The Problem of Pain


It’s always been problematic for haiku poets to tackle the topic of pain. It’s often considered too personal, too subjective to translate well into a genre known for its static observations of nature. I would argue, however, that pain and suffering are as inseparable from nature as joy and beauty, and that as long as the poet avoids pitfalls like “telling instead of showing”, there are plenty of opportunities for poignant observation that should resonate well with an audience.

I for one like to lead the reader into the periphery — staying out of the examination room and instead remaining in the waiting room.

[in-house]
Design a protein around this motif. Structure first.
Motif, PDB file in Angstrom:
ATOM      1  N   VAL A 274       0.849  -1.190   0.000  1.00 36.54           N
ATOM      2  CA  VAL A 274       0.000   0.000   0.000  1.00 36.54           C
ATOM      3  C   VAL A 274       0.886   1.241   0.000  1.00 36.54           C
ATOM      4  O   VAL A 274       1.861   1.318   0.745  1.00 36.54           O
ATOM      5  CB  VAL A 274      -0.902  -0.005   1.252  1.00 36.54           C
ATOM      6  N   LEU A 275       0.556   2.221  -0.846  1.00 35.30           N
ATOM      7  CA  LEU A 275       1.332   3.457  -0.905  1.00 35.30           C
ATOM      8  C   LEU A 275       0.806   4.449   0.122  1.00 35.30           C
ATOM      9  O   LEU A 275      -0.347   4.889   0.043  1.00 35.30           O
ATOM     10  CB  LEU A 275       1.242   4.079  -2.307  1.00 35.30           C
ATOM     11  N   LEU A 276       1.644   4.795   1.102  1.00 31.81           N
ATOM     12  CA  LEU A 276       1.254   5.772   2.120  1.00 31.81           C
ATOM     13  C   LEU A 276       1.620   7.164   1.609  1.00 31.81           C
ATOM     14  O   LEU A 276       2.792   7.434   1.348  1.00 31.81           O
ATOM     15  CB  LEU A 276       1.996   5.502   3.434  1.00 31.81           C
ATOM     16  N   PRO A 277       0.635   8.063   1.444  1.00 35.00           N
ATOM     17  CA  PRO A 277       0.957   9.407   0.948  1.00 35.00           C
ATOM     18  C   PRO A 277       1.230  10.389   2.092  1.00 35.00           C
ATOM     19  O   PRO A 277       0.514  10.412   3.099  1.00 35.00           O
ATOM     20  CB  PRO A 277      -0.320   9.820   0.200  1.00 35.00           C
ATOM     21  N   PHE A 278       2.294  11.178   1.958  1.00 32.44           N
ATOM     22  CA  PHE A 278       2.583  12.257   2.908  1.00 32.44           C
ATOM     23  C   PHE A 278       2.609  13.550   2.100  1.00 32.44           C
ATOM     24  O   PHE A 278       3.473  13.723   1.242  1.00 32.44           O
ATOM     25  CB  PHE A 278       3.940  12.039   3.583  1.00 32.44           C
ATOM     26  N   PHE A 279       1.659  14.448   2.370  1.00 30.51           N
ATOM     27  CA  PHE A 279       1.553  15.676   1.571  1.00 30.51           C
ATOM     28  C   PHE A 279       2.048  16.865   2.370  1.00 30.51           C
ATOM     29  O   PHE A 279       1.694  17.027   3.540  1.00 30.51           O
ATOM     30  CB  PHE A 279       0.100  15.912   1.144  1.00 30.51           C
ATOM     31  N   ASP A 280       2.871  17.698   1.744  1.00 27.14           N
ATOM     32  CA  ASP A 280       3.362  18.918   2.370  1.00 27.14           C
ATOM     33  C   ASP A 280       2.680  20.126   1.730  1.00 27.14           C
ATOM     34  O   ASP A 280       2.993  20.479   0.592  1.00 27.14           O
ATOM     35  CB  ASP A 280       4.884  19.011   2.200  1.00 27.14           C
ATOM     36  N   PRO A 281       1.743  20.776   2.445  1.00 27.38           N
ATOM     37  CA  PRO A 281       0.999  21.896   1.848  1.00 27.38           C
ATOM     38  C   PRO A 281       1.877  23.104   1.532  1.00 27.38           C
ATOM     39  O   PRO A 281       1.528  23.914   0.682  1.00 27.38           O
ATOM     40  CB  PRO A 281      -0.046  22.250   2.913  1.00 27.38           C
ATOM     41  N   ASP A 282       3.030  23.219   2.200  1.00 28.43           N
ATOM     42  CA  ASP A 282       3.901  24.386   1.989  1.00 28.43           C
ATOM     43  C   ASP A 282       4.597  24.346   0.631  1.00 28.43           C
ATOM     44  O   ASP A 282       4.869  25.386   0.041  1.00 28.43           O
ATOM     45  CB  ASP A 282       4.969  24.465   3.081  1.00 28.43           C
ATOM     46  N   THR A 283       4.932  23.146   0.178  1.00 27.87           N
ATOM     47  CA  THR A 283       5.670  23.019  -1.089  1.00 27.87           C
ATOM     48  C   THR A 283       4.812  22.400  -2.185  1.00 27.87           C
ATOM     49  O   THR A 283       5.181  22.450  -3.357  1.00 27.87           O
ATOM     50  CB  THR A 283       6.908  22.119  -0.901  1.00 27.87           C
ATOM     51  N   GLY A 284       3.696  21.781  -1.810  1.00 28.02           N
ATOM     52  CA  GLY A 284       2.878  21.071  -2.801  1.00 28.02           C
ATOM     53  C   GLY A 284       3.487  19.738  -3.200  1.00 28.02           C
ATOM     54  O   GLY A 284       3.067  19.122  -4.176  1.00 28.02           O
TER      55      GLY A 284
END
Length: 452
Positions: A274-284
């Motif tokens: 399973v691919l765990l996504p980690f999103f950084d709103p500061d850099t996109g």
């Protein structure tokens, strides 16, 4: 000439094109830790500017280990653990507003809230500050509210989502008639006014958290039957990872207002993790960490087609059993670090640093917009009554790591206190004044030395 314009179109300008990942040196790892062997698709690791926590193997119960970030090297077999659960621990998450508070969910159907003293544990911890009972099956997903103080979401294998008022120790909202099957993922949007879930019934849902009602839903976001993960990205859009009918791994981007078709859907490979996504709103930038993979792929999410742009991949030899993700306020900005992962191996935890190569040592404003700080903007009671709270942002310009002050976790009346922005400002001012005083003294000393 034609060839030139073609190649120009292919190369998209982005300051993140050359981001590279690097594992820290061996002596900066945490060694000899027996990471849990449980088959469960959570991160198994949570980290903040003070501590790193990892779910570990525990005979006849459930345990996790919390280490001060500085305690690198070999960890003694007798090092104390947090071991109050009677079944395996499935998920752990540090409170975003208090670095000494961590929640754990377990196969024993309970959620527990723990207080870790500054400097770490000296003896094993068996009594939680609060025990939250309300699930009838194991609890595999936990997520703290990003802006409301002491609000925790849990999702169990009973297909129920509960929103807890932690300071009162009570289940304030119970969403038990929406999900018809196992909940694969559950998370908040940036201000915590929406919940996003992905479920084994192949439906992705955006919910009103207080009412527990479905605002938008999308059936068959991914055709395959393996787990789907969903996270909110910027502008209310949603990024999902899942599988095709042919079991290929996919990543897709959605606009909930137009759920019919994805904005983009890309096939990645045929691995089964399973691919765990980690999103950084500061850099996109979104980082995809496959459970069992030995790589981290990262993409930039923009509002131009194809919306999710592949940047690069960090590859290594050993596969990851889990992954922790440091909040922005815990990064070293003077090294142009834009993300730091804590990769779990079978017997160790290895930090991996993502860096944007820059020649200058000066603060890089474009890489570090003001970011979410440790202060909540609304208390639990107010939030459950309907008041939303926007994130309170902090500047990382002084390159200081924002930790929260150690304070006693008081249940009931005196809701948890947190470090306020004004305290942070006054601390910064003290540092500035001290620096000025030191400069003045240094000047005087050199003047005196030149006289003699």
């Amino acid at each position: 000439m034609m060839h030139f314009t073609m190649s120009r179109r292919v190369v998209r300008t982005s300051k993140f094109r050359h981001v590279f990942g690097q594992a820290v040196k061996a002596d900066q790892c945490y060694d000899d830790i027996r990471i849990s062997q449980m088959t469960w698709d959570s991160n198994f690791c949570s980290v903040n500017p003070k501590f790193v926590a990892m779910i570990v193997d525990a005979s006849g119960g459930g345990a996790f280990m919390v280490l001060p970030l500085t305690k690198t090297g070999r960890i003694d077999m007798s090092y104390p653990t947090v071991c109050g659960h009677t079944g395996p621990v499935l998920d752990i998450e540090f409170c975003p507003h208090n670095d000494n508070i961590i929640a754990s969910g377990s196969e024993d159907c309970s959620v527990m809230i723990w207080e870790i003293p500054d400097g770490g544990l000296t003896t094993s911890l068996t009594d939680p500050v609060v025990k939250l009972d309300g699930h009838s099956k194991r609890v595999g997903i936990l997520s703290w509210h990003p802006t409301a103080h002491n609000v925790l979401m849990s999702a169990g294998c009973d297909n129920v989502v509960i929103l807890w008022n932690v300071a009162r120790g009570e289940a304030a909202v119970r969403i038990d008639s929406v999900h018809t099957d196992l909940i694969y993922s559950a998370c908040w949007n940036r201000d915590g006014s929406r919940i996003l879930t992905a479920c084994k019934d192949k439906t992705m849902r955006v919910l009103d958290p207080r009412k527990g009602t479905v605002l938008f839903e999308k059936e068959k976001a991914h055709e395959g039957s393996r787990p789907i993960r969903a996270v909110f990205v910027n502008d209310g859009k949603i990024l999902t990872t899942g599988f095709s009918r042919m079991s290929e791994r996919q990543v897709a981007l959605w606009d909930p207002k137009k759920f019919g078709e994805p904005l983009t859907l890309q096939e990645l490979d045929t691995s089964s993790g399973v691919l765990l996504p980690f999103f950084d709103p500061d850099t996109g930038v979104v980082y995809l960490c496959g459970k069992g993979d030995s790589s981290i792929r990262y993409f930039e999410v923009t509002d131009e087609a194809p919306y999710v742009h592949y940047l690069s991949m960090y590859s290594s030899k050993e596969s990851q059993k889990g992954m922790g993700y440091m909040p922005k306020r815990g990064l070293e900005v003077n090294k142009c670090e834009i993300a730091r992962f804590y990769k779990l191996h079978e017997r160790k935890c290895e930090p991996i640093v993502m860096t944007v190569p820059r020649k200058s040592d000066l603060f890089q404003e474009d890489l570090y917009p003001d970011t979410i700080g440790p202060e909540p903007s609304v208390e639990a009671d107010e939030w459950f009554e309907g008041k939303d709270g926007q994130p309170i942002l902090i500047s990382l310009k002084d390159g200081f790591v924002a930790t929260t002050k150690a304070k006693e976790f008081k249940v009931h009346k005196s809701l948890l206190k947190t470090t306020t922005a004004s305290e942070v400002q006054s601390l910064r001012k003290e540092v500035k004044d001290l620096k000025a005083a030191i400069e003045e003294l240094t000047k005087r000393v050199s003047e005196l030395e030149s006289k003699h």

waiting room —
all the crossword puzzles
filled in

I’m of the opinion that one should tell the reader as little as possible, describing one or more of the attributes of a chronic pain condition, and not offering an explanation but rather a simple observation.

sunrise —
a deep breath
before tying my shoes

And while I don’t like using the word “pain” in a haiku, there are always exceptions:

new moon —
I ask
about pain meds

I feel better already.

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